BENEFITING: JUNIOR LEAGUE OF ASHEVILLE INC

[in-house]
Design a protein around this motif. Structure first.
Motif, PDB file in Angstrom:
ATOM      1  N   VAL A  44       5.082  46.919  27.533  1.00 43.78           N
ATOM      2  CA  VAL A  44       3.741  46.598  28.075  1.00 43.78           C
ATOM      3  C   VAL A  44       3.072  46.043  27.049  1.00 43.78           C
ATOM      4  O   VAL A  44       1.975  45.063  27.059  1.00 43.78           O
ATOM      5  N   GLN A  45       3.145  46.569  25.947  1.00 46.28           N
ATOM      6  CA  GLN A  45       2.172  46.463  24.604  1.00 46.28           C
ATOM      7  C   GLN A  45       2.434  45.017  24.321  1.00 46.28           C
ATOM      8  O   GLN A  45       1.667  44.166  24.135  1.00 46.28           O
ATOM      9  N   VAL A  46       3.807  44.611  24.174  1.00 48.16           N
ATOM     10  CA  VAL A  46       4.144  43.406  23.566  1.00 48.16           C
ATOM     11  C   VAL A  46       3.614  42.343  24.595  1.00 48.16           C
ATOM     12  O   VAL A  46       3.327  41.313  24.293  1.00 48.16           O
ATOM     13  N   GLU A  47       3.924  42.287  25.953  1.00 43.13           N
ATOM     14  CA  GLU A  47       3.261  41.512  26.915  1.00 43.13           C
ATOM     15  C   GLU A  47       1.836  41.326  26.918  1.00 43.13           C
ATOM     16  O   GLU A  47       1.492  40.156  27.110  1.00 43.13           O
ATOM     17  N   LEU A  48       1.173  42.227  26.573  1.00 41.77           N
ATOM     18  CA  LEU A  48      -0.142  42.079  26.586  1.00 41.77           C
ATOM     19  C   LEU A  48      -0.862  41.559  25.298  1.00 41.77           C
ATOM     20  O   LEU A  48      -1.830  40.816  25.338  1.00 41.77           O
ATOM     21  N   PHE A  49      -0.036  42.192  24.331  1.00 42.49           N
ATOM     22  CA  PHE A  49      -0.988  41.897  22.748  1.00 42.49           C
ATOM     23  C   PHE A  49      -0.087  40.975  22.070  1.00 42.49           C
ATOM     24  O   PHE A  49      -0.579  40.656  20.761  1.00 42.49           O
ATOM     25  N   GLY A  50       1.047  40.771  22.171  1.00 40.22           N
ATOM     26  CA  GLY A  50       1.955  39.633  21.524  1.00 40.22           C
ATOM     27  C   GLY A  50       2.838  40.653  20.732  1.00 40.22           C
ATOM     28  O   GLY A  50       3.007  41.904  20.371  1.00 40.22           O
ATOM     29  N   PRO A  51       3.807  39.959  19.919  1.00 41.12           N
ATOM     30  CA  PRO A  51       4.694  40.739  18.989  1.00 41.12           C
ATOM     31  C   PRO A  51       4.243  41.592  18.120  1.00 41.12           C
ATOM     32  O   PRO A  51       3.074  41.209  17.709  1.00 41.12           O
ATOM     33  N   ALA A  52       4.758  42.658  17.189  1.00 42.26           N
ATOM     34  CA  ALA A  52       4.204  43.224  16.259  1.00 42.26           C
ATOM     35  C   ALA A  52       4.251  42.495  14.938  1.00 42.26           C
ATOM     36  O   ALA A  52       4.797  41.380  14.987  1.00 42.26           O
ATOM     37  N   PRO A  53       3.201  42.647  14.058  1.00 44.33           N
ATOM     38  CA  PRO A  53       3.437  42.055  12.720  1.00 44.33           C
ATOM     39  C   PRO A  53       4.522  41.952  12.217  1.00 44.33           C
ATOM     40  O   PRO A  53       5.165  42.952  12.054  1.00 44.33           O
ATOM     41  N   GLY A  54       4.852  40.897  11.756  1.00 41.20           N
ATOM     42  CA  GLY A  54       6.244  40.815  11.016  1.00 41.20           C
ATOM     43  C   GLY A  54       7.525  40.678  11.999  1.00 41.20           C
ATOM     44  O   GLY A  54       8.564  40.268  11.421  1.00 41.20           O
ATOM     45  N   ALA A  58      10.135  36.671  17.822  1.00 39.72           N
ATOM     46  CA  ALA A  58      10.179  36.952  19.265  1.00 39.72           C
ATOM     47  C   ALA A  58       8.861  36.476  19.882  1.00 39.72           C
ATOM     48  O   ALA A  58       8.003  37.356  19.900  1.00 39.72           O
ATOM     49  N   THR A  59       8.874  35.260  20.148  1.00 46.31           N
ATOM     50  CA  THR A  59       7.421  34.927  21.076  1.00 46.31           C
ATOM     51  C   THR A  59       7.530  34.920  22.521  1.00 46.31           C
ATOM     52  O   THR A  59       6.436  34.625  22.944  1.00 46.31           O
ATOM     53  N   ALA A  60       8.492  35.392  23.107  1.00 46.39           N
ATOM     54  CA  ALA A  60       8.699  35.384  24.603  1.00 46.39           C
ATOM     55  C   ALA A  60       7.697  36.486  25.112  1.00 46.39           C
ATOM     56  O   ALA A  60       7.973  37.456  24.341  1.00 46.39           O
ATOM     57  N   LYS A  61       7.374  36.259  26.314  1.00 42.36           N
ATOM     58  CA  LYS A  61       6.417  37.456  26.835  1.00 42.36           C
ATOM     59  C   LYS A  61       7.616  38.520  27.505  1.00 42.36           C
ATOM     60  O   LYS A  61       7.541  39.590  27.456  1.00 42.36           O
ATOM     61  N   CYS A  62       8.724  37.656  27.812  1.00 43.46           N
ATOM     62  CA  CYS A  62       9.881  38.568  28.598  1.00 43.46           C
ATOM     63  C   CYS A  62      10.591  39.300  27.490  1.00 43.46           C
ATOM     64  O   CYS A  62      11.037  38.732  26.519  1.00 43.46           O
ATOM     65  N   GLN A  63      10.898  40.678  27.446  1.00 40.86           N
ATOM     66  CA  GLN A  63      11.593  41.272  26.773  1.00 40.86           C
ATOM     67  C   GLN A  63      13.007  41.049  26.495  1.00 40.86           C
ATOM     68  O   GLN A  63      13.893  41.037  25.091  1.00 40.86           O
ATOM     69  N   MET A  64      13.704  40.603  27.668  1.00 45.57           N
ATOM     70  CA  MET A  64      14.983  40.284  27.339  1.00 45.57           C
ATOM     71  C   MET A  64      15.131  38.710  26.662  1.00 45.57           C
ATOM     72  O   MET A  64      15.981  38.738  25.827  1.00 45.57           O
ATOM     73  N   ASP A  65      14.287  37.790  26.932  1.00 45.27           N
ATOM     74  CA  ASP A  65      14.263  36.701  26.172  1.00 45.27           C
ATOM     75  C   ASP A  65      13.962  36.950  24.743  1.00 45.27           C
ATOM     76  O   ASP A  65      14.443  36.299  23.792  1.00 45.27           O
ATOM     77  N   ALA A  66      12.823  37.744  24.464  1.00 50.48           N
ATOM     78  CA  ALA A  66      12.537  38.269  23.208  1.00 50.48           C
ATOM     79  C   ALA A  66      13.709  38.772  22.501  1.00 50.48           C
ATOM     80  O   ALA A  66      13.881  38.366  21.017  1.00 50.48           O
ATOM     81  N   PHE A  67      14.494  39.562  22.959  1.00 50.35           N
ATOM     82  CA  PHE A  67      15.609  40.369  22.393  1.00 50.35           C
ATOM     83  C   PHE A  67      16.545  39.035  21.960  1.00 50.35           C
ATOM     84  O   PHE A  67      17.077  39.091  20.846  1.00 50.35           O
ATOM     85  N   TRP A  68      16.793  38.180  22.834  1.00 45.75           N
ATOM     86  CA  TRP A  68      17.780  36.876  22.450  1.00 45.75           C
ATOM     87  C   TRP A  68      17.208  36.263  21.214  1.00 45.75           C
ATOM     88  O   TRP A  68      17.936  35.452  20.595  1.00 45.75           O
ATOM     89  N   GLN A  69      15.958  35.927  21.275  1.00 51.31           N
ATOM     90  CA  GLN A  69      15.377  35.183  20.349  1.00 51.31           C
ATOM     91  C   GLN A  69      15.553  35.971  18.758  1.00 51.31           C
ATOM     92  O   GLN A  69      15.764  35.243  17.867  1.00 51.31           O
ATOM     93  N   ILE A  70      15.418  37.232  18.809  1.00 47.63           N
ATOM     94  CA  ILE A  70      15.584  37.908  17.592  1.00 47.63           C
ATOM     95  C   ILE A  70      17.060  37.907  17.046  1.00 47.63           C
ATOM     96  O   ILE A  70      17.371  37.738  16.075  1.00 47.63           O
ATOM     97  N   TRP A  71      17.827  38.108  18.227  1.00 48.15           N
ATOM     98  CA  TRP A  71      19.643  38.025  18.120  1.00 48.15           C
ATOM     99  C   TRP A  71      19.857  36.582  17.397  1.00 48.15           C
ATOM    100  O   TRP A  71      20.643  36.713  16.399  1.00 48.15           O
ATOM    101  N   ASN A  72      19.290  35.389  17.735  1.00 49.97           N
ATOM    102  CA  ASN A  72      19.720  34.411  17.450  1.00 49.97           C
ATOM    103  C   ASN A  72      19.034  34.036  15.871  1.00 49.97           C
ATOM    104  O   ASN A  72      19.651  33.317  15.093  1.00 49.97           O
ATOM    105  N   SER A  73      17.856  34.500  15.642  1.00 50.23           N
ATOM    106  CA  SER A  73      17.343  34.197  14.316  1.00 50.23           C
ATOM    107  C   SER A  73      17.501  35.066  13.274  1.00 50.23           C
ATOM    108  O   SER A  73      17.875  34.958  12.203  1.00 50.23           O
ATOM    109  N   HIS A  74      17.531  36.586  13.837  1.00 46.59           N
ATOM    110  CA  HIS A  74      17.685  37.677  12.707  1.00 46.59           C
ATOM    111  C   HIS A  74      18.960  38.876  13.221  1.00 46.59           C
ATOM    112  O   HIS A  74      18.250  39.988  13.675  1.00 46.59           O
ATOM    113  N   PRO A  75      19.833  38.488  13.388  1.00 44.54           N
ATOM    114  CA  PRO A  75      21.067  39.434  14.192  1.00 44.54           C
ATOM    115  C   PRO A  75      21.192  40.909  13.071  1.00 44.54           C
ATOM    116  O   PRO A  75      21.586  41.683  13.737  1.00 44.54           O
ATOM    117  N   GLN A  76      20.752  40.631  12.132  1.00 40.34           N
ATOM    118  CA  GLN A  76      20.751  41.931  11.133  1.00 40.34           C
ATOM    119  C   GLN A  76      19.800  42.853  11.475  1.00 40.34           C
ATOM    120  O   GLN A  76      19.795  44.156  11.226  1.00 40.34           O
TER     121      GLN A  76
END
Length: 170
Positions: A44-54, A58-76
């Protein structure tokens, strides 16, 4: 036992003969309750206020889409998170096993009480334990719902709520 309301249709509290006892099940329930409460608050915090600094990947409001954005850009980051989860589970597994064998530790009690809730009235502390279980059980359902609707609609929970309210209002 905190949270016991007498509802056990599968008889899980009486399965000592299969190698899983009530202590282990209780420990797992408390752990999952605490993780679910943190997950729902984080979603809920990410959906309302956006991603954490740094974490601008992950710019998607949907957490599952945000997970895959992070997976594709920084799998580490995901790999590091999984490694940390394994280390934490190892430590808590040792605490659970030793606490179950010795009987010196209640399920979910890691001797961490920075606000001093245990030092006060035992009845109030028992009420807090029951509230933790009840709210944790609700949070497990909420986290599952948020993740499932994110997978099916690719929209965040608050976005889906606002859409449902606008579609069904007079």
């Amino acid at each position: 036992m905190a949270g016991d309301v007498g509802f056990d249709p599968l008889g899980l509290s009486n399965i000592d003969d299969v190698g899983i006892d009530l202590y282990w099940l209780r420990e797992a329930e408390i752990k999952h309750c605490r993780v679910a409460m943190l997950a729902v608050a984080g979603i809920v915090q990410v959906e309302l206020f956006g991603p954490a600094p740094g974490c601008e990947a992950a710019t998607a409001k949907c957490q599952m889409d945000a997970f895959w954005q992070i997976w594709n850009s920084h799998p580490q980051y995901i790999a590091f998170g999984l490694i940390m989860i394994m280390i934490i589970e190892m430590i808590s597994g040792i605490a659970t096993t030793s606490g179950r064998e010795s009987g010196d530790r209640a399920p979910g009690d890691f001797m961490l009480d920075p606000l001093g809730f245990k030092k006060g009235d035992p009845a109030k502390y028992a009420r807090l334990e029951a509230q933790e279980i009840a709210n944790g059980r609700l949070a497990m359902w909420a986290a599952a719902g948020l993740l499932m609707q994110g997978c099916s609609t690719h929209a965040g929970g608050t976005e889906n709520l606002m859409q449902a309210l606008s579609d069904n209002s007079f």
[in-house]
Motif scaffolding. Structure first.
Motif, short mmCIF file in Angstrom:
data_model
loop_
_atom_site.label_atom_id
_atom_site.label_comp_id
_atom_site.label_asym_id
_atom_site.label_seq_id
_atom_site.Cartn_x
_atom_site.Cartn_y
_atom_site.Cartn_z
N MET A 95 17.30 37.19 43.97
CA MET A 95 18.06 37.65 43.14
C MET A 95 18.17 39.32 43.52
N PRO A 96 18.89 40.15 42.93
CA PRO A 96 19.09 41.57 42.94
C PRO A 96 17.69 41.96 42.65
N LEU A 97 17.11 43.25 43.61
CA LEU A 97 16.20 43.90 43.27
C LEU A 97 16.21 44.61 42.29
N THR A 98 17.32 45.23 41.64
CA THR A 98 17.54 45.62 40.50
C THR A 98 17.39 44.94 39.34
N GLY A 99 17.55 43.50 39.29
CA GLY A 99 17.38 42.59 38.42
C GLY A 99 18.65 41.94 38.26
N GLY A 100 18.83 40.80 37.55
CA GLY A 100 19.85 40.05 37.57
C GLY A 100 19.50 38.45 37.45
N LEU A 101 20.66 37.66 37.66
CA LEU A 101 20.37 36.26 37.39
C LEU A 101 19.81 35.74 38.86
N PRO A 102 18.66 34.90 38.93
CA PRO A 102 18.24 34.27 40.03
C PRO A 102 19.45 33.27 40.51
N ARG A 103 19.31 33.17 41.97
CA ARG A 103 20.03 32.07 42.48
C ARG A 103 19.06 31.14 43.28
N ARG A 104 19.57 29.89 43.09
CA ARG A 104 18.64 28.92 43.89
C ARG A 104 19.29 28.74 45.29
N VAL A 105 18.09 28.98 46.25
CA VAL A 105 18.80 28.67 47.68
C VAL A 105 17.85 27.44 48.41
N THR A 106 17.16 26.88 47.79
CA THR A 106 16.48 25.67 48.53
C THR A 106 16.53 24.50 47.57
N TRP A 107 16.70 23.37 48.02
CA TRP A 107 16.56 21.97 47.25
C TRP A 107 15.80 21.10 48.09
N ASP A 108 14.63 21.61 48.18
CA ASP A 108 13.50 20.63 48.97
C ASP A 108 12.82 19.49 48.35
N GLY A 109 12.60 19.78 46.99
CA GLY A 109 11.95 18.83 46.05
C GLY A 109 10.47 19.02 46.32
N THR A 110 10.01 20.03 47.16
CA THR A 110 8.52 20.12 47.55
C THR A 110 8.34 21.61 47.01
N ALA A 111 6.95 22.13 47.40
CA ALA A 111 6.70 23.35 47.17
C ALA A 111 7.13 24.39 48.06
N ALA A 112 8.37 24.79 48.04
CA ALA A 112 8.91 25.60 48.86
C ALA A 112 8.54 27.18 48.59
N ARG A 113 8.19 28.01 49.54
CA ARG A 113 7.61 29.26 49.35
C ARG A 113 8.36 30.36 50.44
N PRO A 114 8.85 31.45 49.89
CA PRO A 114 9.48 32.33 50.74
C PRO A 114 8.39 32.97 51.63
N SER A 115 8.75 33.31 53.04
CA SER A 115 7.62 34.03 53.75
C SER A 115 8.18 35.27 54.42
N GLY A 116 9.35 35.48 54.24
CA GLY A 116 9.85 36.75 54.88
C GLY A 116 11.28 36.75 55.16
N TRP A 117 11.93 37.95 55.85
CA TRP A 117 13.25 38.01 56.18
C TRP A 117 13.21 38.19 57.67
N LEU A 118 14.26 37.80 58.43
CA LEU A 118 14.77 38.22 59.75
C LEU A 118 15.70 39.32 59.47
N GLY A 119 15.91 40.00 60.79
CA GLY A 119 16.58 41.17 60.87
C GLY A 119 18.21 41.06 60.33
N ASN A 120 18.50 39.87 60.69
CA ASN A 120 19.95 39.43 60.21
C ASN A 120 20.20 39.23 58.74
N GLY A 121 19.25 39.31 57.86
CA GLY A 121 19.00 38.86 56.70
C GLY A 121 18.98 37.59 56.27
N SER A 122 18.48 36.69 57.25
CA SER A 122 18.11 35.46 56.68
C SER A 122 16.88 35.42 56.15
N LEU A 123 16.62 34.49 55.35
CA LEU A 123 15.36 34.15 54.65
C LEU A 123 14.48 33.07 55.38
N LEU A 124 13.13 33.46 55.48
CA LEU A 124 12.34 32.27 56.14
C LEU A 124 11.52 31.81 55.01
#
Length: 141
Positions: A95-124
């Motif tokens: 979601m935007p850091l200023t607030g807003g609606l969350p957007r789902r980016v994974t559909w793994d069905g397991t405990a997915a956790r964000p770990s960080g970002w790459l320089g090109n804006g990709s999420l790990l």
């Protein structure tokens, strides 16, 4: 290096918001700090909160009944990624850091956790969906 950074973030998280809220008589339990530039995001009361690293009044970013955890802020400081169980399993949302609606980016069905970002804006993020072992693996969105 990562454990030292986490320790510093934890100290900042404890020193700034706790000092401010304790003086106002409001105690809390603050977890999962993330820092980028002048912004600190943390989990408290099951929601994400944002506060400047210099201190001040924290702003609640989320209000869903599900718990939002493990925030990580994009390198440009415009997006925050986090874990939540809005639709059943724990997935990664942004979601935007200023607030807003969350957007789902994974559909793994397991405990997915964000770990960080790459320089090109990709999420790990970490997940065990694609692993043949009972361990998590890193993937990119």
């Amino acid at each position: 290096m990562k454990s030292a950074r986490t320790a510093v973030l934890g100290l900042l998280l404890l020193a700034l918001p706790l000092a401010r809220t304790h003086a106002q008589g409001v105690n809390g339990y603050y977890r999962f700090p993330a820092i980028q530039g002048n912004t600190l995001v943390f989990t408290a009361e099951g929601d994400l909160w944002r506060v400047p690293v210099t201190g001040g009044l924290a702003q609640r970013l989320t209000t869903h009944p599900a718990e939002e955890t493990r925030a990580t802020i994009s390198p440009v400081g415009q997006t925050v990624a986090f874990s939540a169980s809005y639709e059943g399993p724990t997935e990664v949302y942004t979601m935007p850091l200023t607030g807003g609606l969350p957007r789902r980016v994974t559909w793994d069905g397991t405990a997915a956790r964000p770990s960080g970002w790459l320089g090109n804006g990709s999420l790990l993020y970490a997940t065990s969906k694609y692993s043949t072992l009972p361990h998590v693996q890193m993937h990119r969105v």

The Junior League of Asheville, Inc.'s members and community volunteers will be donating their time, energy and talents on April 16 to make a difference in the Asheville community. We have selected four local organizations: Claxton Elementary, MANNA FoodBank, Helpmate, Inc., and Black Mountain Home for Children, Youth & Families. Volunteers will be completing several projects at these locations including landscaping, painting, room makeovers and other projects to help these non-profits continue to be positive resources for the Asheville community. Please consider making a monetary donation for this worthy cause. Your donation will be used to support future Junior League of Asheville programs and community outreach. We thank you for your support. Below is more information about the four non-profits where we are donating our time and resources: Claxton Elementary School was built in 1924 and is located in Asheville, North Carolina. Claxton was named in honor of Dr. Philander Priestly Claxton, who was a crusader of public education and former superintendent in Western North Carolina. The mission of Claxton Elementary School of Arts and Humanities is to provide a safe learning environment so that each student can thrive in an arts and humanities based education that recognizes students as individuals and creates life-long learners. In 2004, the school was renovated extensively and a new cafeteria, office suite and primary grade wing was added. Asheville City Schools has five elementary schools, each with their own magnet theme. Claxton Elementary School of Arts and Humanities provides a curriculum that incorporates art, music, drama and movement. Serving students from kindergarten through fifth grade, the curriculum includes Common Core and Essential Standards through the integration of the arts, humanities, Fundations literacy program, and Investigations Math program. Students are exposed to 21st Century skills through the integration of technology, which includes keyboarding, use of laptop carts, manipulating with the Interactive White Boards in the classroom, and making global connections with various tools. MANNA FoodBank is a 501-(c)(3) and a member of Feeding America, the nation’s largest domestic hunger-relief organization. In 2014, MANNA distributed 15,000,000 pounds of food, enough to provide 34,000 meals every day of the year. They distribute this food through their 248 partner agencies in the 16 counties of Western North Carolina. The founders of MANNA FoodBank had a simple purpose: that the people of Western North Carolina be enabled to go to work or look for work, to go school, to play, to worship, and to sleep without the barrier of hunger. Their current mission is to involve, educate, and unite people in the work of ending hunger in Western North Carolina. MANNA FoodBank works with local and national retailers, packing houses, farmers, and individual donors to acquire most of the food that is distributed. Other sources include the federal and state government, food drives, and food that they purchase in bulk. They collect, store, and distribute food to MANNA accredited nonprofits throughout 16 counties in Western North Carolina. MANNA provides direct service on a very limited basis to those struggling with hunger through their MANNA Packs for Kids Program, Food Stamp Outreach (FNS Program), and the MANNA Food HelpLine. On the day of the Volunteer-a-Thon, volunteers will be sorting and packing food. Helpmate, Inc. is a non-profit organization that provides free services to survivors of domestic violence in Buncombe County. Their mission is to work with our community to eliminate abuse and fear. Services they provide include: a 24 hour hotline (828-254-0516), counseling, domestic violence education courses, emergency shelter, court advocacy, case management/service coordination and community education/professional training. In 2013-2014, Helpmate served more than 2,000 people and responded to almost 2,400 crisis calls—an increase of 90.5% over the prior year. They provided shelter to 131 adults and 74 children for a total of 6,961 safe bed-nights, and 95% of residents reported an increased sense of safety upon exit. Helpmate supported over 1,000 people accessing help through criminal and civil court systems. Throughout the last year, they offered 34,705 units of service—an increase of 57% over the previous year. During our Volunteer-a-Thon, on April 16th, we will be conducting several projects at Helpmate including: performing yard work, sprucing up their interior with some fresh paint, and other light repairs needed around the property. Black Mountain Home for Children, Youth & Families has been caring for abandoned, abused, neglected, and orphaned children in Western North Carolina for more than a century. Begun by Presbyterian minister Robert Perry Smith in 1904 as Mountain Orphanage, the Home began its ministry taking in Appalachian children whose parents had died or disappeared. Today, the ministry serves youth from birth through college graduation through family foster care, residential care, transitional living, and independent living. Typically, youth come to BMH when a court has decided that it is not safe or healthy for the child to remain with their family. Some may stay only a few weeks, while others may spend a considerable part of their growing up years at the Home. In 2009, the Home became licensed as a family foster care placing agency. In fiscal year 2012-2013, Black Mountain Home served 88 children from 15 counties in WNC. Black Mountain Home will consider placement of children from throughout the Southeast, but primarily serves the westernmost counties of North Carolina. On the day of the Volunteer-a-Thon, volunteers will be working at their new camp property which is right across the road. It has been vacant for over five years so there is a lot of work to be done to get cabins and the grounds ready for groups to use. We will be painting bathrooms, deep cleaning cabins, and some landscaping outside of the cabins.